While some people prefer to play the center, the most widely accepted method of doing well is to get your high-scoring cards in a corner and moving cards in that direction. This means most of your gameplay will only involve moving in two directions. With the highest-scored tile caught in the corner, it minimizes how much chasing you have to do to match it up. Besides, there aren’t going to be many cards to pair up with your top one, so a central, easily-accessible location is better served by lower-value cards. With other high-value cards drifting in the same direction, it’s easy for them to find their matches huddled around that corner.
It is always tempting to go for big matches without considering any other cards on the deck. This might get you the big match but after that, there might only be few options to combine. Very often, your high value cards will be close enough that doing few cleanups before bringing them together yields the best results.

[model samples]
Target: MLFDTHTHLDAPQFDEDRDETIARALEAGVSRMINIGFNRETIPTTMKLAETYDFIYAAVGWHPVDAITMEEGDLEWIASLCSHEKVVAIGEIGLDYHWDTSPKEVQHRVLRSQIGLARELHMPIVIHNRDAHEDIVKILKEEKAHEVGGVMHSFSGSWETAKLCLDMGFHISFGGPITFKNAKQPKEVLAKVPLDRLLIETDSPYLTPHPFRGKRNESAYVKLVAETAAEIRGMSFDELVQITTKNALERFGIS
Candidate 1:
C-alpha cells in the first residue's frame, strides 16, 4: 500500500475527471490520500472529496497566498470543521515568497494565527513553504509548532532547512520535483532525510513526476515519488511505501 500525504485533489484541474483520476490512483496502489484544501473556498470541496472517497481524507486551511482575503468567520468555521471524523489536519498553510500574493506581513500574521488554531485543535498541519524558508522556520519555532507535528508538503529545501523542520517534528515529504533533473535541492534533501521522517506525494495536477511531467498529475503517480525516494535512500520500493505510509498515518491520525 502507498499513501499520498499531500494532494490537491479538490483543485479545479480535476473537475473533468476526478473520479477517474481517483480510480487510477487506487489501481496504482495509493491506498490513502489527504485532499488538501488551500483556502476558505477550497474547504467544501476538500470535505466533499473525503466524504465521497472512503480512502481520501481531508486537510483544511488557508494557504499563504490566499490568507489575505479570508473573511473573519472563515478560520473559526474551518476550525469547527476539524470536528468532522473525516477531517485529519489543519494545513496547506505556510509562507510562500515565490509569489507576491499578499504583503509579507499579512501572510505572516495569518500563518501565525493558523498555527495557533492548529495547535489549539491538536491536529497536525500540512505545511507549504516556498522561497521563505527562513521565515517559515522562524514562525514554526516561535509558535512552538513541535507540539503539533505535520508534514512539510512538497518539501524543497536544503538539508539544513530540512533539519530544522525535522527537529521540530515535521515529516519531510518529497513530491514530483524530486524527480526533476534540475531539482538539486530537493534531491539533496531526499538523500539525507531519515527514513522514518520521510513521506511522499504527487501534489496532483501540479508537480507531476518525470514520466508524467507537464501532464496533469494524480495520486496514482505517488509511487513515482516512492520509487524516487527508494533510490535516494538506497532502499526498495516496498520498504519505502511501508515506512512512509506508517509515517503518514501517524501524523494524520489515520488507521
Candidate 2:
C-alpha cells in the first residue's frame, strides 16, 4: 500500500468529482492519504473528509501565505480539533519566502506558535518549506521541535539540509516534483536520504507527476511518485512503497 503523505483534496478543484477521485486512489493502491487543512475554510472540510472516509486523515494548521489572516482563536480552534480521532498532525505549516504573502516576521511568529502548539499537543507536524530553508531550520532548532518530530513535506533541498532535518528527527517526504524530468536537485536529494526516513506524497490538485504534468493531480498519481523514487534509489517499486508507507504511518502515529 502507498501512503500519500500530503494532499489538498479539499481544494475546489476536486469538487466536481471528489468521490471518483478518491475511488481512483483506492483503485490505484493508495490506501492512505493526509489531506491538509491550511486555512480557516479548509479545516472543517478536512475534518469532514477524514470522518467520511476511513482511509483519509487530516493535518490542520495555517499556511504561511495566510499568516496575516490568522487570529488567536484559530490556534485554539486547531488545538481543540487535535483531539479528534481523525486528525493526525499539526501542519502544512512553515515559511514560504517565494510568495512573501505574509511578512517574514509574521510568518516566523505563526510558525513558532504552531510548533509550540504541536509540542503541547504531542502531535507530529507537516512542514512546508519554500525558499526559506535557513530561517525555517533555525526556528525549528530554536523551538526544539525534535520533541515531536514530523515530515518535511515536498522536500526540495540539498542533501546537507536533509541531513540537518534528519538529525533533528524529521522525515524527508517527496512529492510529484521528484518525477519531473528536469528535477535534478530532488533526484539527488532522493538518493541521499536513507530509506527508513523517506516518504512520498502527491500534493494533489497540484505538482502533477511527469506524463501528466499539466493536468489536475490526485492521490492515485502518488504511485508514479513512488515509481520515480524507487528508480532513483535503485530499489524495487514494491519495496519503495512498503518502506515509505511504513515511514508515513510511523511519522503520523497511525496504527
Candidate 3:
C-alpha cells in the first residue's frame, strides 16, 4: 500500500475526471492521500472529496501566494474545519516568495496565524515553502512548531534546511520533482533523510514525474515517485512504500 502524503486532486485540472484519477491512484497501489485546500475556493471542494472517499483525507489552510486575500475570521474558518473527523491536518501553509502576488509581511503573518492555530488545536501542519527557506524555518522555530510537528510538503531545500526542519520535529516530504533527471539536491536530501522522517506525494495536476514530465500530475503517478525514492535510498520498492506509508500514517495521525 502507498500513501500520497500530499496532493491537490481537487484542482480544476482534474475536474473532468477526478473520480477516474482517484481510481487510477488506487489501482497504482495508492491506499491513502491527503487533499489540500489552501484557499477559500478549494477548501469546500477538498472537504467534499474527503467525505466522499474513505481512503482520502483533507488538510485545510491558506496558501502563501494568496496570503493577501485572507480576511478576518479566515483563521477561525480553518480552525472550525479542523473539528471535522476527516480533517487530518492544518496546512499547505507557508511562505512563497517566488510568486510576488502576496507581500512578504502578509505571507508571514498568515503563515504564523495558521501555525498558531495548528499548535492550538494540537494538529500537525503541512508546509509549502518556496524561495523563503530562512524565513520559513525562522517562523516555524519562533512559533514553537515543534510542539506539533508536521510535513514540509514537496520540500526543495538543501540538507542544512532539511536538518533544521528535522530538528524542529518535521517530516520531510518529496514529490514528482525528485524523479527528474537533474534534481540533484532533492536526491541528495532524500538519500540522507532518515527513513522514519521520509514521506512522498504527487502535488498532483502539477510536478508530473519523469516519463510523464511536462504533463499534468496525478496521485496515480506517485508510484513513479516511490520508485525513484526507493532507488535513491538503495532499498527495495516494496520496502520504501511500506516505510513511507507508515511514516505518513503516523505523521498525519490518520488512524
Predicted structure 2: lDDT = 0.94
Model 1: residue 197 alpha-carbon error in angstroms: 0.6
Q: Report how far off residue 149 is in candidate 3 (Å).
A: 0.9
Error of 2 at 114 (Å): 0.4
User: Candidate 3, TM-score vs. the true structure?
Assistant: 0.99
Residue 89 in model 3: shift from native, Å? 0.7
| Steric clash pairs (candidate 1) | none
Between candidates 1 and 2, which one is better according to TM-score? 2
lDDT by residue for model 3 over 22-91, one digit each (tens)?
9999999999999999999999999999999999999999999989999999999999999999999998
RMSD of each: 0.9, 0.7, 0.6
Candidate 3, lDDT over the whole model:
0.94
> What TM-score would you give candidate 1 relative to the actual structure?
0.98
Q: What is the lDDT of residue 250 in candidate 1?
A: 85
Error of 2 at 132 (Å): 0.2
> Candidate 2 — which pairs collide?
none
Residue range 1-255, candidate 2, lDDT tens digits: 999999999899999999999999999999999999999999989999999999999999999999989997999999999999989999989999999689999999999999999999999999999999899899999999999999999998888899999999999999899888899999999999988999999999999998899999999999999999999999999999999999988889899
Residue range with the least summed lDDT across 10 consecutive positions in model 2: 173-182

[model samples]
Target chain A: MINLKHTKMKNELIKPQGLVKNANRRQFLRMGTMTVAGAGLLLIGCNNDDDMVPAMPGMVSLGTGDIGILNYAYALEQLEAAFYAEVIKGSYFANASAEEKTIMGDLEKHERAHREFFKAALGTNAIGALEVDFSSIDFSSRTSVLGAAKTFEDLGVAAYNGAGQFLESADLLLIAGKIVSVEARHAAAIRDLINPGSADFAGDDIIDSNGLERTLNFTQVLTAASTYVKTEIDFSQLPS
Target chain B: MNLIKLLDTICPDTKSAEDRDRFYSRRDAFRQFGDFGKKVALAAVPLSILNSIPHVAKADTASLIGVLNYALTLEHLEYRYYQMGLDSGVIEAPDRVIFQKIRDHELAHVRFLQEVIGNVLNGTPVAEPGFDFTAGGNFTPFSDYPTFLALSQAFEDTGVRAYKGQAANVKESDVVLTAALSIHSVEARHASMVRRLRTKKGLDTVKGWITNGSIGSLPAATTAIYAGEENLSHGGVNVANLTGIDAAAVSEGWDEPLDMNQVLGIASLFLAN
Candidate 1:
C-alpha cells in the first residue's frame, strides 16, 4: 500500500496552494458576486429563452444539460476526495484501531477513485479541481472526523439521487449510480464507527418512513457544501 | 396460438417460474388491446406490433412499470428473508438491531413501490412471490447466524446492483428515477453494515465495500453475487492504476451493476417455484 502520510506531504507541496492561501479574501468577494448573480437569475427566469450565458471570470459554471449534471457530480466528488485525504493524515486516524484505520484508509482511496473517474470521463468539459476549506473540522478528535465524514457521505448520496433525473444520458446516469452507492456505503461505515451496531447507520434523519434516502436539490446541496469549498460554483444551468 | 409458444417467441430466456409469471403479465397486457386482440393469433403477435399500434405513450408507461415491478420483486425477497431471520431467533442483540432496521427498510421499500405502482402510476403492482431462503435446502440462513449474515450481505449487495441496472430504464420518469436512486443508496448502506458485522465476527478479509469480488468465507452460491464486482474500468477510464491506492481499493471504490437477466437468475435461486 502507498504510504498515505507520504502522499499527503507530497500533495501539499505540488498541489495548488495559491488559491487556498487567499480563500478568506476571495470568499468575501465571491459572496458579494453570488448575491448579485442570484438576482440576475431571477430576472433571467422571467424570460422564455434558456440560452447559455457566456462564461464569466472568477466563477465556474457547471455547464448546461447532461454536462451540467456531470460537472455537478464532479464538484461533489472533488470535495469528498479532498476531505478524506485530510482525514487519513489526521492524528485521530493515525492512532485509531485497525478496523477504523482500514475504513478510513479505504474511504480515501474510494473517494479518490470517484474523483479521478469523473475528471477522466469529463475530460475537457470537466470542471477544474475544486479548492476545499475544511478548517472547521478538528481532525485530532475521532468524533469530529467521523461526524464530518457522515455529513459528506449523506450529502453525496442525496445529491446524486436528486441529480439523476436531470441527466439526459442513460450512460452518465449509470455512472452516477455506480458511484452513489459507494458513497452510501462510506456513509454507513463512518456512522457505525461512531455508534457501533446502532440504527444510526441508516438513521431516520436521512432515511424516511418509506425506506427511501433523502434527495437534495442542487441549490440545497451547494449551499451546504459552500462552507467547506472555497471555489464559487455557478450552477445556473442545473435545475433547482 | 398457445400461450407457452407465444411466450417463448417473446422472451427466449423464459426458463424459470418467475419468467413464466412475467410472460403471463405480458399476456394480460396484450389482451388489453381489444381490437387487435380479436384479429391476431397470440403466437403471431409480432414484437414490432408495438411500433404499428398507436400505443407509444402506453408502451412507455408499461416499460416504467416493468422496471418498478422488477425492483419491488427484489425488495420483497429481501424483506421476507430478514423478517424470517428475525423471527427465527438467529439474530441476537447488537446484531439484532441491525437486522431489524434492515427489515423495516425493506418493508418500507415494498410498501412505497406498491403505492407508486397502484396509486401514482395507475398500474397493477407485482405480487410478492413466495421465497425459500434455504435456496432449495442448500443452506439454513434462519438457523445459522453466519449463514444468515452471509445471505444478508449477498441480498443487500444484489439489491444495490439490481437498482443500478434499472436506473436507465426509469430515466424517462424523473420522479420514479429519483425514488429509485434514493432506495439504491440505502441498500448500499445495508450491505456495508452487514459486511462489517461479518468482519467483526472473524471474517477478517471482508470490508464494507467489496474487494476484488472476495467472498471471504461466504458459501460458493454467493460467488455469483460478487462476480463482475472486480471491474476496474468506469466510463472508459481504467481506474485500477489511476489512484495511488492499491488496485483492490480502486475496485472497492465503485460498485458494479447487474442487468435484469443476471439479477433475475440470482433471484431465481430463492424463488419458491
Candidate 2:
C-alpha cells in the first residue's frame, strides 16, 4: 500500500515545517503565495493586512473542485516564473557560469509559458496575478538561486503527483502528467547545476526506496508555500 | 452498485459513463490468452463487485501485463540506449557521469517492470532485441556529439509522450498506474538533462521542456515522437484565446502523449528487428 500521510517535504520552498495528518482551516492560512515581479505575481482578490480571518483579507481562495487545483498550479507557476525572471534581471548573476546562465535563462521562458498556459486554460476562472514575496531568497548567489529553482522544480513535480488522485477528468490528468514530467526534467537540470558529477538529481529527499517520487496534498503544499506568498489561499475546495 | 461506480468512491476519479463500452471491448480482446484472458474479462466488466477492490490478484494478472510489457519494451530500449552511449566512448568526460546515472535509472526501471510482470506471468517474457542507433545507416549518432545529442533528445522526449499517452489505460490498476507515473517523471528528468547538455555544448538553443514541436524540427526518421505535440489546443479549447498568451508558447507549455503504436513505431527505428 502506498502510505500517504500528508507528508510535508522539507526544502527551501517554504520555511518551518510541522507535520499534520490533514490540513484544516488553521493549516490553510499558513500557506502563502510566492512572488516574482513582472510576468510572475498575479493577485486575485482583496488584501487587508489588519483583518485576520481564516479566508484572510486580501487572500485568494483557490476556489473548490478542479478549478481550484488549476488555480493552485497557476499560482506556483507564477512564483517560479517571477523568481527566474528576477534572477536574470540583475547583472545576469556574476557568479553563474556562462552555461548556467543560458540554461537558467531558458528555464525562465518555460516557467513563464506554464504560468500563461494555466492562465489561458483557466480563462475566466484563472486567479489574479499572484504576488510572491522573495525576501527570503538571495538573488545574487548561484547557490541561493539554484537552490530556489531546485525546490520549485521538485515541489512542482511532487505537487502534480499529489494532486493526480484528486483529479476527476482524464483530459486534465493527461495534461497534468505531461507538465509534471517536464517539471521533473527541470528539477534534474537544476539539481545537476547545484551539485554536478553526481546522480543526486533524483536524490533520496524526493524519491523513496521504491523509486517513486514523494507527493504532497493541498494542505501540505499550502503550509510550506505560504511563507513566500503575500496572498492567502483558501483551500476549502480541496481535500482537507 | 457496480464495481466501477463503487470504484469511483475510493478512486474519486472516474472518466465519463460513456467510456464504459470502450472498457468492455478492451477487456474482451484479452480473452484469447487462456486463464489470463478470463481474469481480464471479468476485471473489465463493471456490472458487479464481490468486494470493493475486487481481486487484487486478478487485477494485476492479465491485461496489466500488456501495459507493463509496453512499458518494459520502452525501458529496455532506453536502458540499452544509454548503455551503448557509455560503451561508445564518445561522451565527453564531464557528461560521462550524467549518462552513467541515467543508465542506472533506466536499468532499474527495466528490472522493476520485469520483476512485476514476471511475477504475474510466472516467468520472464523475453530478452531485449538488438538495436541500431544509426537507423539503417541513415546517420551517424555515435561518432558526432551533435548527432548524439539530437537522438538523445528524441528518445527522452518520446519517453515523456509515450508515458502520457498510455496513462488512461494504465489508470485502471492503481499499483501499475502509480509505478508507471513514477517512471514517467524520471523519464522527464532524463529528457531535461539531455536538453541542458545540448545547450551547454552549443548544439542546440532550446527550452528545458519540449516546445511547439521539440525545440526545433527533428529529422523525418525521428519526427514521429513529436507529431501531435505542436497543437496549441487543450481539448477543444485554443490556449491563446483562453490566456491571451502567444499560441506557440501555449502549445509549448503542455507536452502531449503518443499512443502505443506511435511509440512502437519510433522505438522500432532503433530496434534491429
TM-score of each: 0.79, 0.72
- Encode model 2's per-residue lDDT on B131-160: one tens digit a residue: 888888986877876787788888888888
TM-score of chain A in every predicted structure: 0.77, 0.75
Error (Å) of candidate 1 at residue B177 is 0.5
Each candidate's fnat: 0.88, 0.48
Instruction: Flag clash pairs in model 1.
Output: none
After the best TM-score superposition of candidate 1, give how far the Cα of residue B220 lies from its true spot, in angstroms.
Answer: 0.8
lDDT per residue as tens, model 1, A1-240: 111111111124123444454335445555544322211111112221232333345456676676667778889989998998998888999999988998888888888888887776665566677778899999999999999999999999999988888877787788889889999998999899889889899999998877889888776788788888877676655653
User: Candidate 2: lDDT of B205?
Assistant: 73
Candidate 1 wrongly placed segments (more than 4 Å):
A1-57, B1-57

You can preview the next move without actually moving by pressing shift and the arrow buttons. This is a great way to calculate your next combinations accurately. This is especially helpful when your board has both blockages and openings in weird places that make visualizing a move difficult.
Though a big part of the game is the luck of the draw (i.e. which card comes next), you can still plan accordingly. First off, new white cards on the board are always divisible by five. Count on them being a 5, sometimes a 10, and rarely something higher. Also remember that new cards arrive from the edge you’re swiping away from. For example, if you have a red 3 card coming up and two viable directions to swipe in, swipe away from the side that has a blue 2 card. With any luck, the new card will show up close enough to be paired in two swipes.